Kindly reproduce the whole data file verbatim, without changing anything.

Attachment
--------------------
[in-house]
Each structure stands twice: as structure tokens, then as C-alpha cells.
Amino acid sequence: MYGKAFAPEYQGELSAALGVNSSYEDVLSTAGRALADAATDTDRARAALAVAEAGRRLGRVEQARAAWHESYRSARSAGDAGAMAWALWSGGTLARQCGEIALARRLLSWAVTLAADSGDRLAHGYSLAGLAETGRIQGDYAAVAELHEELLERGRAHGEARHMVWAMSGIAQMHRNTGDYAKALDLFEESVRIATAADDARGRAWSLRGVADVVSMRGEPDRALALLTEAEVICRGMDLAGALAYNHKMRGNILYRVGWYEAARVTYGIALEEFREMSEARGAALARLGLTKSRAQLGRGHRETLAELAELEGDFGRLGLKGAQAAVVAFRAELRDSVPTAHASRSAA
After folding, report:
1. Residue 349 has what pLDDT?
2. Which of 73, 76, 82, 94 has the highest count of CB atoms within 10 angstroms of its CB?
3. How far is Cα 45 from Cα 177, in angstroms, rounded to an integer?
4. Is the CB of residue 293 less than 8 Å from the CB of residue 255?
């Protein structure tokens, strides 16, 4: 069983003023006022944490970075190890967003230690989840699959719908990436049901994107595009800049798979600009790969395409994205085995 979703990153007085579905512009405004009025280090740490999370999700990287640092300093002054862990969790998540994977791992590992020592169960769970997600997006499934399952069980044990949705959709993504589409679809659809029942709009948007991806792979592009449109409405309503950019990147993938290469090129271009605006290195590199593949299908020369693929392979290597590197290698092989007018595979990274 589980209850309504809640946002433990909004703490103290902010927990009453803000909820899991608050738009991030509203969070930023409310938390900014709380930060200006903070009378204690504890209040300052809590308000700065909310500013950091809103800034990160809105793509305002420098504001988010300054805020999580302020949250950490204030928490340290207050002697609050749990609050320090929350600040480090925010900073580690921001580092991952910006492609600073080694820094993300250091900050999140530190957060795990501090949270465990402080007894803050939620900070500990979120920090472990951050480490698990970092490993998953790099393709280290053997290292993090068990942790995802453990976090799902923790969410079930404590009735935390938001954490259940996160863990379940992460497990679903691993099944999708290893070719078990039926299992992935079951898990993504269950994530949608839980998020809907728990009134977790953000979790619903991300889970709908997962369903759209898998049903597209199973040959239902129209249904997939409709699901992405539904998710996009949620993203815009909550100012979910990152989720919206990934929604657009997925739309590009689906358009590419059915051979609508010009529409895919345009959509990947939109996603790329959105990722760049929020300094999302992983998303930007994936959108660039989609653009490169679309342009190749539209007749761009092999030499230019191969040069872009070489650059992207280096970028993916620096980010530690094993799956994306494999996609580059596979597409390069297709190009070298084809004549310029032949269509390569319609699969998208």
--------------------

[in-house]
Each structure stands twice: as structure tokens, then as C-alpha cells.
Amino acid sequence: MYGKAFAPEYQGELSAALGVNSSYEDVLSTAGRALADAATDTDRARAALAVAEAGRRLGRVEQARAAWHESYRSARSAGDAGAMAWALWSGGTLARQCGEIALARRLLSWAVTLAADSGDRLAHGYSLAGLAETGRIQGDYAAVAELHEELLERGRAHGEARHMVWAMSGIAQMHRNTGDYAKALDLFEESVRIATAADDARGRAWSLRGVADVVSMRGEPDRALALLTEAEVICRGMDLAGALAYNHKMRGNILYRVGWYEAARVTYGIALEEFREMSEARGAALARLGLTKSRAQLGRGHRETLAELAELEGDFGRLGLKGAQAAVVAFRAELRDSVPTAHASRSAA
After folding, report:
1. Residue 349 has what pLDDT?
2. Which of 73, 76, 82, 94 has the highest count of CB atoms within 10 angstroms of its CB?
3. How far is Cα 45 from Cα 177, in angstroms, rounded to an integer?
4. Is the CB of residue 293 less than 8 Å from the CB of residue 255?
């Protein structure tokens, strides 16, 4: 069983003023006022944490970075190890967003230690989840699959719908990436049901994107595009800049798979600009790969395409994205085995 979703990153007085579905512009405004009025280090740490999370999700990287640092300093002054862990969790998540994977791992590992020592169960769970997600997006499934399952069980044990949705959709993504589409679809659809029942709009948007991806792979592009449109409405309503950019990147993938290469090129271009605006290195590199593949299908020369693929392979290597590197290698092989007018595979990274 589980209850309504809640946002433990909004703490103290902010927990009453803000909820899991608050738009991030509203969070930023409310938390900014709380930060200006903070009378204690504890209040300052809590308000700065909310500013950091809103800034990160809105793509305002420098504001988010300054805020999580302020949250950490204030928490340290207050002697609050749990609050320090929350600040480090925010900073580690921001580092991952910006492609600073080694820094993300250091900050999140530190957060795990501090949270465990402080007894803050939620900070500990979120920090472990951050480490698990970092490993998953790099393709280290053997290292993090068990942790995802453990976090799902923790969410079930404590009735935390938001954490259940996160863990379940992460497990679903691993099944999708290893070719078990039926299992992935079951898990993504269950994530949608839980998020809907728990009134977790953000979790619903991300889970709908997962369903759209898998049903597209199973040959239902129209249904997939409709699901992405539904998710996009949620993203815009909550100012979910990152989720919206990934929604657009997925739309590009689906358009590419059915051979609508010009529409895919345009959509990947939109996603790329959105990722760049929020300094999302992983998303930007994936959108660039989609653009490169679309342009190749539209007749761009092999030499230019191969040069872009070489650059992207280096970028993916620096980010530690094993799956994306494999996609580059596979597409390069297709190009070298084809004549310029032949269509390569319609699969998208």